Written by: Patricia Barry, AARP
When the prospect of becoming a Medicare beneficiary looms on the horizon, you suddenly become aware — if you’re like most people — of how little you know about the program. And can you be sure what you think you know is accurate?
Based on the questions I receive as the Ask Ms. Medicare columnist for AARP, I can tell you that a lot of perceptions about the program are way off base. Often, they’re gleaned from the Internet or even mass emails that are deliberately misleading. And if you’ve had health insurance in the past, especially from an employer, you may naturally be nervous about how Medicare coverage compares with it.
Q: As a government-run system, will Medicare provide me with inferior care?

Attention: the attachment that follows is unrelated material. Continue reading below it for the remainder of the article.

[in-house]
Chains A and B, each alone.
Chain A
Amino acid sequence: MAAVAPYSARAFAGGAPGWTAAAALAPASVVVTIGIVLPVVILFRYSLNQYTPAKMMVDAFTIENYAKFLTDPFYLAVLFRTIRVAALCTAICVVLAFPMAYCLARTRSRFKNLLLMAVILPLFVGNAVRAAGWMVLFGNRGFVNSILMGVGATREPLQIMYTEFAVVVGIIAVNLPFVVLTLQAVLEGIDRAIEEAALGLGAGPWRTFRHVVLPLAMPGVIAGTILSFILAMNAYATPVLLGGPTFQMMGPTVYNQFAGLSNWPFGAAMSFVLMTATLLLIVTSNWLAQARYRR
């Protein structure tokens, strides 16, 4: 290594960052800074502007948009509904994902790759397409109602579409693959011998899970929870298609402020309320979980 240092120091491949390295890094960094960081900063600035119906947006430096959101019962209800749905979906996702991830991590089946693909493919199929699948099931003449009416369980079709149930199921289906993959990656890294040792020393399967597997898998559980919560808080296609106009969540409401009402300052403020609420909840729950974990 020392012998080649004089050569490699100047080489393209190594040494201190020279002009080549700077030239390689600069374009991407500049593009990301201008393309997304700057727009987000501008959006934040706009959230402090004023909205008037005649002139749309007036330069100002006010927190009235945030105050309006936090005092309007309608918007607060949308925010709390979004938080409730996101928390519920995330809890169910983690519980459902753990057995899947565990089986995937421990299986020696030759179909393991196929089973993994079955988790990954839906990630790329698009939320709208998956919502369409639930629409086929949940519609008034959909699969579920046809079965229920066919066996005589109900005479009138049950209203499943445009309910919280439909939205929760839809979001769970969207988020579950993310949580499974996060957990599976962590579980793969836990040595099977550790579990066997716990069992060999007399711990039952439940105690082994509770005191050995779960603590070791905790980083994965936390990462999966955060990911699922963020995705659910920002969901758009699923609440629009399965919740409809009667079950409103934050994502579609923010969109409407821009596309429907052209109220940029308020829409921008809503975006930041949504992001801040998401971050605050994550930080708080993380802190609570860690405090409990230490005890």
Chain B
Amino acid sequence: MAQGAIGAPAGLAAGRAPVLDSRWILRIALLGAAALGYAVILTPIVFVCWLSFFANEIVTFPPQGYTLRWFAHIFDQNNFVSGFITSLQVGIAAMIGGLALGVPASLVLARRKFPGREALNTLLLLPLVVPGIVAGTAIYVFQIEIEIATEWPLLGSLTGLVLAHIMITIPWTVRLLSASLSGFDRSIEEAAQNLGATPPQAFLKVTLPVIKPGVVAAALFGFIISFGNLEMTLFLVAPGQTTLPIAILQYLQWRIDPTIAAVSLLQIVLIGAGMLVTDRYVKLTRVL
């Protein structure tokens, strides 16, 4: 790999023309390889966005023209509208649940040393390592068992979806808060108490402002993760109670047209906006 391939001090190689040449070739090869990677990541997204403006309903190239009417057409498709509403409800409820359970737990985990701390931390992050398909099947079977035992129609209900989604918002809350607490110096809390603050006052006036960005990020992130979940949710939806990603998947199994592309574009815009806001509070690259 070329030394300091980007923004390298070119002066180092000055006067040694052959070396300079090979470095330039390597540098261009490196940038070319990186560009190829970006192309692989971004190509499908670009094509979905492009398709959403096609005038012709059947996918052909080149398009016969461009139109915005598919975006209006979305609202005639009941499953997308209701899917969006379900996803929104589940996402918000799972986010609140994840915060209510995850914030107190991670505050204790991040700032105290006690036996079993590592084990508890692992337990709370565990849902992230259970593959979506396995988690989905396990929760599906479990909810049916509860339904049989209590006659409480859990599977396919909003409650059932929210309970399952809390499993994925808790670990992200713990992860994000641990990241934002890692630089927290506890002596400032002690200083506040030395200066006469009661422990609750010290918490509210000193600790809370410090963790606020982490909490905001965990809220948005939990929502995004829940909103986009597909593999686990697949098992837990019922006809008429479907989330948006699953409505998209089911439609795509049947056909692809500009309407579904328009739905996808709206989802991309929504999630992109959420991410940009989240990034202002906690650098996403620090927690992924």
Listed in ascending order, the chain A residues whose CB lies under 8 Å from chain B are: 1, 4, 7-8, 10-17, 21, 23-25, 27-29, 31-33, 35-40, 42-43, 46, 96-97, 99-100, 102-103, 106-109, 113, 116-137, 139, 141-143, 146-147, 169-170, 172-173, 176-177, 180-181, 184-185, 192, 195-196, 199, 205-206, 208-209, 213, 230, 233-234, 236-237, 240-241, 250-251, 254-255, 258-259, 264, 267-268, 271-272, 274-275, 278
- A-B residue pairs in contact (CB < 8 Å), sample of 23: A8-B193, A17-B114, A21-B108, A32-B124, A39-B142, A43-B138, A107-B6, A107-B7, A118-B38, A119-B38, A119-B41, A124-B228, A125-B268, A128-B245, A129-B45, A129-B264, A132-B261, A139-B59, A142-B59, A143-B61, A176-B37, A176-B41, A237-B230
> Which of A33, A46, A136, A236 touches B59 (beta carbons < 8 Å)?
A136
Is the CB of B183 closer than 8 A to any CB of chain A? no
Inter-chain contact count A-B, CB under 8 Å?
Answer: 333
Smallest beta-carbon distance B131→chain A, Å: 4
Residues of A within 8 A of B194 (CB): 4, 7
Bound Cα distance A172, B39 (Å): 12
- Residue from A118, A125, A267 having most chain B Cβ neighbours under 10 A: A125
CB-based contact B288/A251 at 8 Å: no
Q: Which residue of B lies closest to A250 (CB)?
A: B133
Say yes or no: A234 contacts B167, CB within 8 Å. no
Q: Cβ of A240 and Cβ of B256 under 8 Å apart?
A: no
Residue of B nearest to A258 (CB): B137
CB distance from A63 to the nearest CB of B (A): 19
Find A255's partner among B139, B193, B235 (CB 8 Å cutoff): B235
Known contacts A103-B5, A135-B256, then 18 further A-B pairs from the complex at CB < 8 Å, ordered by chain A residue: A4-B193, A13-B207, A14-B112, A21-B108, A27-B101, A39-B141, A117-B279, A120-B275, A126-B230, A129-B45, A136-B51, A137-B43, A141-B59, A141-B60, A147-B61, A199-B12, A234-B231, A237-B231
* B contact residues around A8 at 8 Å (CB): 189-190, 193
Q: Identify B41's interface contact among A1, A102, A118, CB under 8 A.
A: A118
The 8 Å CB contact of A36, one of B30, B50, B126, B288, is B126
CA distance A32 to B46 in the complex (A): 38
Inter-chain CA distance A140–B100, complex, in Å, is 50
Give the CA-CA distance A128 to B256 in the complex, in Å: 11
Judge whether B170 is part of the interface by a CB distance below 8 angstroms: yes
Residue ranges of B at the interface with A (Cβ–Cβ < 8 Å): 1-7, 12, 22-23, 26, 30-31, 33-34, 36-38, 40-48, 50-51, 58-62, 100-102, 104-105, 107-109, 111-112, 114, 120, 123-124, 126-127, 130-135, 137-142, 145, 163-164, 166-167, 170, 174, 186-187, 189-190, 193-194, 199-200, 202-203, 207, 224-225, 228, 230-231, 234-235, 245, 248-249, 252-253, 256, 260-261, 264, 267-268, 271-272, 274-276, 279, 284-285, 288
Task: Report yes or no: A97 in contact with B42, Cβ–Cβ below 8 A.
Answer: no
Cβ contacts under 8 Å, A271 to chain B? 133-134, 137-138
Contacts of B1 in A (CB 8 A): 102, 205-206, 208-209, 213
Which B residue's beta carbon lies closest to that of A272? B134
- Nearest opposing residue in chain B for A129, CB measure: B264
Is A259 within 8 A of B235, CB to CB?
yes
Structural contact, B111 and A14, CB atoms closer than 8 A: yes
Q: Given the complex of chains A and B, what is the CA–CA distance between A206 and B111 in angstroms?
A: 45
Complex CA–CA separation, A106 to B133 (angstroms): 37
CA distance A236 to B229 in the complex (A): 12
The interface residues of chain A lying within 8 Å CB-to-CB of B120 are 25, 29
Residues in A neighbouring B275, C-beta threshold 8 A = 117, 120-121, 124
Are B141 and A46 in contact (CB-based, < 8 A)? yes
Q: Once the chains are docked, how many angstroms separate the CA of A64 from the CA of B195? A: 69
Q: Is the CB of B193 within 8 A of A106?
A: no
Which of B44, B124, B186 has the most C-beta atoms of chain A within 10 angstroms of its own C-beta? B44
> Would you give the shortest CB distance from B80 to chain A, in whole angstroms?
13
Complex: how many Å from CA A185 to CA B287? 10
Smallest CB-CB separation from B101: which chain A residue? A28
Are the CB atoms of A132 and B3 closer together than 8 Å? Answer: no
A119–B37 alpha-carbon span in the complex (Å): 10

Q: Is Medicare free?
A: No, you pay monthly premiums unless you qualify for low-income assistance from your state. (If your income is over a certain level, you pay a surcharge on your premiums.) You also pay deductibles and copayments, which vary according to the type of coverage you choose.
Q: Will Medicare allow me fewer choices than I have now?
Q: Will my out-of-pocket expenses be capped in Medicare?
A: Not necessarily. Traditional Medicare sets no limit on out-of-pocket expenses during a year (although many people buy separate medigap supplemental insurance to cover them). However, all Medicare Advantage plans are required by law to set annual caps on these expenses (up to $6,700 in 2013). In Part D, after you’ve spent a certain amount out of pocket on prescription drugs in a year, you qualify for catastrophic coverage, which greatly lowers your costs for the rest of the year.